It’s Men’s Semifinals day! Unfortunately, due to Roger Federer’s untimely defeat in the quarter-finals (a blow which I haven’t quite recovered from, and the merest mention of his name brings me close to tears), I have been forced to choose a new player whom I’ll be supporting. There’s one big name left, Novak Djokovic, who’s on track to equal Federer (here come the waterworks again) and Nadal’s record-breaking twenty Grand Slams, and three young players who are still burning to win their first major. Will the next generation finally take over the dynasty of the Big Three?
Four men walk onto Centre Court at Wimbledon today – and only two of them will return on Sunday. Sounds like the beginning of a glorious literary epic, doesn’t it? Let’s add some more info: one of them, a Serbian, is the absolute favourite and the only one over thirty, while an Italian (Matteo Berrettini), a Pole (Hubert Hurkacz), and a Canadian (Denis Shapovalov) are trying to dethrone him. No idea how this novel would continue – and that’s the fun of it, really. Let’s hope that these three men are not afraid of Djokovic’ seemingly invulnerable position at the top of the mountain, so we’ll have a truly exciting couple of matches ahead.
Over the years, many young tennis players have been unable to break through the defences of the Big Three. They can merely claim that they have shared the court with their heroes, who taught them a valuable lesson: there’s no place for the new kids in town. Hubert Hurkacz, after he had beaten Roger Federer (…) in three gruesome sets, told the shocked audience that Federer had always been his hero, and that he grew up watching him on tv. This was a match he would never forget (and neither will countless Federer fans, albeit for very different reasons). It seems that, suddenly, there is a vacancy for the next big thing in tennis.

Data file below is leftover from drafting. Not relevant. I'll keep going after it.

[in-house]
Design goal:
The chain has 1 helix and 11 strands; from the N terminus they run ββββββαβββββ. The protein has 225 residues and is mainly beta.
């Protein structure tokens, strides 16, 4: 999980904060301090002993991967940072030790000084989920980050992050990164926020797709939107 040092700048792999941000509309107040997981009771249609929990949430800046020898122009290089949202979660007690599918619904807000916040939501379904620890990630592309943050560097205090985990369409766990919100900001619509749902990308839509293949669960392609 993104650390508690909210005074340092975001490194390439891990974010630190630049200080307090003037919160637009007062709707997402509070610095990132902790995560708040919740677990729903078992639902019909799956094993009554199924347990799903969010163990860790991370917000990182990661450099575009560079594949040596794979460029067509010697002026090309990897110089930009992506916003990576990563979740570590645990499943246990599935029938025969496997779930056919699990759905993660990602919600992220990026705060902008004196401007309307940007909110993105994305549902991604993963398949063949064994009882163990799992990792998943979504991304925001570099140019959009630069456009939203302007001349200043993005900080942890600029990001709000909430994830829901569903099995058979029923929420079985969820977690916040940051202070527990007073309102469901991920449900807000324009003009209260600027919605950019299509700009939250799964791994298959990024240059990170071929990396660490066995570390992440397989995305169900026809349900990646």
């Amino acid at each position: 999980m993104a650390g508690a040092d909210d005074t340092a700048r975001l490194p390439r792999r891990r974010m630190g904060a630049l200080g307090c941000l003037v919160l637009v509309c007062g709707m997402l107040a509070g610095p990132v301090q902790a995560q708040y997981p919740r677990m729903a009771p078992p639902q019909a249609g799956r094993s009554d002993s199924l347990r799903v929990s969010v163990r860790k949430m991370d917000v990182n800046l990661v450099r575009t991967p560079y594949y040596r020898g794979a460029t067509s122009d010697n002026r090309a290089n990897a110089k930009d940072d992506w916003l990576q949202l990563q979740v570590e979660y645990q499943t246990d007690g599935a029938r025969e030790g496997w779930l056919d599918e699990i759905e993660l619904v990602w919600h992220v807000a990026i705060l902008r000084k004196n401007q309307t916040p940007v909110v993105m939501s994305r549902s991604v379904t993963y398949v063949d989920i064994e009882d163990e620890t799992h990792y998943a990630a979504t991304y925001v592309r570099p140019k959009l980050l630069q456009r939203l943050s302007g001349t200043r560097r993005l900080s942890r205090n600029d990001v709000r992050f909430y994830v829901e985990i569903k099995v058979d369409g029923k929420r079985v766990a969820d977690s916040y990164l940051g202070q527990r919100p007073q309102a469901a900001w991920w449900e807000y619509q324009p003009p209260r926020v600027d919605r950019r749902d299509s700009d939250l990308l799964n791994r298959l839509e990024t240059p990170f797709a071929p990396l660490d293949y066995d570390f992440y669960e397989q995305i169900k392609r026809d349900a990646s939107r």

John McEnroe claimed he simply knew when his time had come when a younger players beat him easily, while he thought he was playing his best tennis. During an interview at Wimbledon this year, Boris Becker said there was one particular match after which he realised his time as a professional tennis player was over. The same went for Pete Sampras, who was famously beaten by Roger Federer (will it hurt less the more I talk about him?), and it was seen as a passing of the torch to the next generation. Turns out, no king will rule forever. But nobody knows when their time has truly come.
Tennis has evolved so much over the years. The game has become faster, the rackets have become bigger and are not made of wood anymore, the players have become taller on average, and the serve has become increasingly important. Whenever I watch old matches, I cannot help but laugh at the way they play, with their silly hops and their tiny rackets – and their extremely short shorts. But while writing this, I cannot help but wonder what the game of tennis will look like in ten years’ time, or twenty. Will I laugh when I look back on the current players? Will I look back and sigh, because the sport’s best years were at the start of the second millennium? Or will I be watching an entirely new form of tennis, with new legends and a next generation desperately trying to stop their reign?
Only time will tell.
Do you think it’s time for the next generation? Who do you think will win the title? Do let me know in the comments! Also, don’t forget to follow me!